Pharrell’s far-from-upbeat, spoken-word “Happy” at times felt positively ominous — especially when pianist Lang Lang replaced the chorus with dramatic keyboard bang-age. Just as the hoodie-clad dancers and “Hands Up, Don’t Shoot” choreography got us wondering about a deeper political message, though, the melody kicked back in, and we were clapping along, feeling like a room without a roof.
“BUT WAIT, WHERE’S THE WHIPPED-CREAM SHOOTING BRASSIERE?”
Katy Perry may not be best-known for her live vocal performances, but her raw, beautifully real rendition of “By the Grace of God” — preceded by a PSA about domestic violence and rape from President Barack Obama — was undeniably riveting (and perhaps signaled a next step in Perry’s artistic path?).
CAN’T A LEGEND JUST GET HEARD IN THE MUSIC ANYMORE?
There’s no denying Rihanna delivered rock-star fierceness along with Kanye West and Paul McCartney on their catchy new single “FourFiveSeconds,” but we couldn’t help but wonder if someone forgot to turn on the Beatles singer’s microphone? I mean, seriously, did anyone even hear the slightest hint of his unmistakeable voice in the mix?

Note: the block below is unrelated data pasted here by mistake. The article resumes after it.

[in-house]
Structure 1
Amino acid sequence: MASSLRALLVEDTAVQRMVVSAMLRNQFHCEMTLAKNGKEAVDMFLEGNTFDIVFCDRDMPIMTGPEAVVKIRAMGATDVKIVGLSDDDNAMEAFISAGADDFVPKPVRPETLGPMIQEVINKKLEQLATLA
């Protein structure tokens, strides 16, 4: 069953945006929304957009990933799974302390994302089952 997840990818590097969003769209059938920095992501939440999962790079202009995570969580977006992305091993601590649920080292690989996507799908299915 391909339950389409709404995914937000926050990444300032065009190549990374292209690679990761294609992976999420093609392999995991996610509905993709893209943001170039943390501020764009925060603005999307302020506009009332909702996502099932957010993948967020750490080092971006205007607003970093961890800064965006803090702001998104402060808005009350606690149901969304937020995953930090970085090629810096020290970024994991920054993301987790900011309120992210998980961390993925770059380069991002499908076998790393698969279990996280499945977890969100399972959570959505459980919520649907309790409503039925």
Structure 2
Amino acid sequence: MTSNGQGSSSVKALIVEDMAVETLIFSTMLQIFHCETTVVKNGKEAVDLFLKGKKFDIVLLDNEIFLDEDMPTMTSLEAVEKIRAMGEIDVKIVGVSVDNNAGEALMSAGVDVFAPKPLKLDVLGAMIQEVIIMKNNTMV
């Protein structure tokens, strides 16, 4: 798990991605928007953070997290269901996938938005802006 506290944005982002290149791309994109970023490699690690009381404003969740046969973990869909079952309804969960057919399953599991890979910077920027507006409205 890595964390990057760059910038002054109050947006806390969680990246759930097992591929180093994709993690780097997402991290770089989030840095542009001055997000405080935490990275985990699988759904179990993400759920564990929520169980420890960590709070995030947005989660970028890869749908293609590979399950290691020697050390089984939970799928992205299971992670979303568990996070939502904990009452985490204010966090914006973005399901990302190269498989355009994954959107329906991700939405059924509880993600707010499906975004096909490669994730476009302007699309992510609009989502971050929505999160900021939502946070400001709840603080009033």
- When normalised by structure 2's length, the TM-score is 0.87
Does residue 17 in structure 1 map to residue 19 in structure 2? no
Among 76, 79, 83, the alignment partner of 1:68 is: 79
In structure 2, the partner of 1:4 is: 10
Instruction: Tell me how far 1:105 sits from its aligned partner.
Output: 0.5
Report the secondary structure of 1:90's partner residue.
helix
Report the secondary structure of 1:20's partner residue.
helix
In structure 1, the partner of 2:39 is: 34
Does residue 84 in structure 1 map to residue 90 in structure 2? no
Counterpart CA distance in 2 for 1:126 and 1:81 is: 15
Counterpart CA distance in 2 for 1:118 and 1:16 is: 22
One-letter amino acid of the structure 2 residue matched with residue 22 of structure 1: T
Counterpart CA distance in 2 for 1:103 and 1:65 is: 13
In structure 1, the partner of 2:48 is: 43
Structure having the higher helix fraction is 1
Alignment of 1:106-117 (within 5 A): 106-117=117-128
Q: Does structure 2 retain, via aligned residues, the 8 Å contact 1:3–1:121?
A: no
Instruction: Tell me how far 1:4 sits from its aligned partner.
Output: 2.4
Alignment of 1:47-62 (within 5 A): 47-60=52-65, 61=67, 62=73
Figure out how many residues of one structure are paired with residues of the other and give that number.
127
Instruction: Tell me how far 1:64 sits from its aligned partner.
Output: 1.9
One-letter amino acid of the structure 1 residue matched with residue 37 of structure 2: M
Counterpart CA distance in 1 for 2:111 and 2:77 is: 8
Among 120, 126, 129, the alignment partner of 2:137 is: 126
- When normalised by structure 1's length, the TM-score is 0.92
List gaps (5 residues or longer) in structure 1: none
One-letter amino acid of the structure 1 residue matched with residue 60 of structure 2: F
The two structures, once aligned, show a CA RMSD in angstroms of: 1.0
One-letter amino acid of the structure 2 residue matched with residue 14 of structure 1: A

Sam Smith and Mary J. Blige did nothing wrong with their cover of the ubiquitous “Stay With Me” — but when you’ve got two powerhouses soul singers colliding on the same stage, shouldn’t it all feel a little less buttoned-up and by-the-numbers? (Yeah, we were sort of hoping for a “No More Drama”-level exorcism.)
BEST FACIAL EXPRESSION/POLITICAL COMMENTARY COMBO
Prince delivered RuPaul’s Drag Race-level side-eye in response to the audience’s rapturous ovation, but it was his Album of the Year podium banter — “Like books and black lives, albums still matter” — that left us saying, “Mmm-hmmm.”
You know when Sia’s performing it’s going to be some combination of “Yessss!”/Mess/Excess. But as the Australian pop powerhouse turned and faced the wall (as is her wont) during “Chandelier,” we were nevertheless shocked to see SNL alum Kristen Wiig join Sia’s regular muse (Dance Moms star Maddie Ziegler) in bringing to life the story of a party girl in an emotional freefall. We’re pretty sure we saw dance moves signifying suicidal ideation and an inner child being reborn in the afterlife — but you’re welcome to post your alternate interpretations in the TVLine comments section. (Fret not: It’s a judgment-free zone!)
MOST UNDERSTATED (WHILE SERVING “ANGEL COME DOWN FROM HEAVEN” FIERCENESS)
Beyoncé’s “Take My Hand, Precious Lord” was delivered gorgeously, passionately and without a whole lot of choreography or pyrotechnics. We can’t argue with those who feel Selma cast member (and fellow Grammy nominess) Ledesi should’ve done the honors, but it’s hard to argue with The Lady Knowles’ rendition on its own merits.
MOST STIRRINGLY CINEMATIC
John Legend and Common had no shortage of help from Grammy producers when it came to their telecast-closing performance of “Glory” — the dazzling lighting and orchestral army made for a visual feast — but the duo’s flawless rendition of their Oscar-nominated ditty also underscored both artists’ copious talents, and perhaps thumbed a nose at the Oscars for snubbing Selma in a number of major categories, to boot.